To keep digging wells
הרב קוטלרסקי הלילה, צילום: בנצי ששון

Translation by Yehoshua Siskin

I was in this same auditorium a year ago with 4,000 Chabad emissaries. Yesterday, Rabbi Moshe Kotlarsky who oversees Chabad religious and educational institutions worldwide, stood there alone, without an audience. The famous annual photo of the emissaries was not taken since everyone had been requested to stay home due to the corona. During such a difficult period, the message of Rabbi Kotlarsky to the thousands of Chabad emissaries who watched, and to the entire Jewish world, was especially important:

“In this week’s Torah portion, our Father Yitzchak finds himself facing a difficult test. His enemies plug up all the wells that his father Avraham had dug. What does he do? He goes and digs new wells. He finds new ways to reach fresh water. We face a similar challenge today. Synagogues are closed, congregations cannot meet, people cannot even make it to a Passover Seder or to a Rosh Hashanah service. What do we do? We go out and dig new wells. We give remote classes and learn online, we send hundreds of thousands of Seder kits to people who never held a Seder all by themselves, we conduct prayer services outdoors according to the guidelines. We could have taken account of the corona and said: ‘We’re sorry, this is a time when we want to act – but we simply cannot’. But this is not the answer. We can always find new ways.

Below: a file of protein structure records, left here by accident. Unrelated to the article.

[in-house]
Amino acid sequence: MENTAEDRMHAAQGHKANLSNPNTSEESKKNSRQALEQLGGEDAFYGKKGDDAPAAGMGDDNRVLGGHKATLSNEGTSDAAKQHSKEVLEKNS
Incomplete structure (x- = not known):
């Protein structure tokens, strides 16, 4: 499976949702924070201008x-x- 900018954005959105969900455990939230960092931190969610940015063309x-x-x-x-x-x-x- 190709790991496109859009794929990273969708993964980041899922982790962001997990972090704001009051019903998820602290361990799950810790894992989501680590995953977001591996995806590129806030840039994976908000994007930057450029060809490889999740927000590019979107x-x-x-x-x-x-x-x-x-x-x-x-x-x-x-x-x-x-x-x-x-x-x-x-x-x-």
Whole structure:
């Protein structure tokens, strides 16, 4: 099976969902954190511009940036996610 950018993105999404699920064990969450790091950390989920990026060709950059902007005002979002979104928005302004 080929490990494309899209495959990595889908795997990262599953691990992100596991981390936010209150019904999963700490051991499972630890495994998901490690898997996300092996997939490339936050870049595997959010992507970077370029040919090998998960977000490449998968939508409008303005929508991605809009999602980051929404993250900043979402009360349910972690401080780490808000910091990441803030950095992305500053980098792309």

“What is the exact prescription needed to remedy this situation? Sometimes when someone is sick and the doctors do not know the exact medication to give, they prescribe a medication cocktail. They simply take the best from everything. So too must we do at the present time. We must take from all the good and healing things that we have – kindness, Torah, tefillin, tzedakah, mezuzah, prayer. This is the way to move the world forward to the end of this plague, to true and complete redemption.”

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סיון רהב-מאיר

Sivan Rahav-Meir is a media personality and lecturer. Married to Yedidya, the mother of five. Lives in Jerusalem. She works for Israel TV news, writes a column for Yediot Aharonot newspaper, and hosts a weekly radio show on Galei Zahal (Army Radio). Her lectures on the weekly Torah portion are attended by hundreds and the live broadcast attracts thousands more listeners throughout the world.
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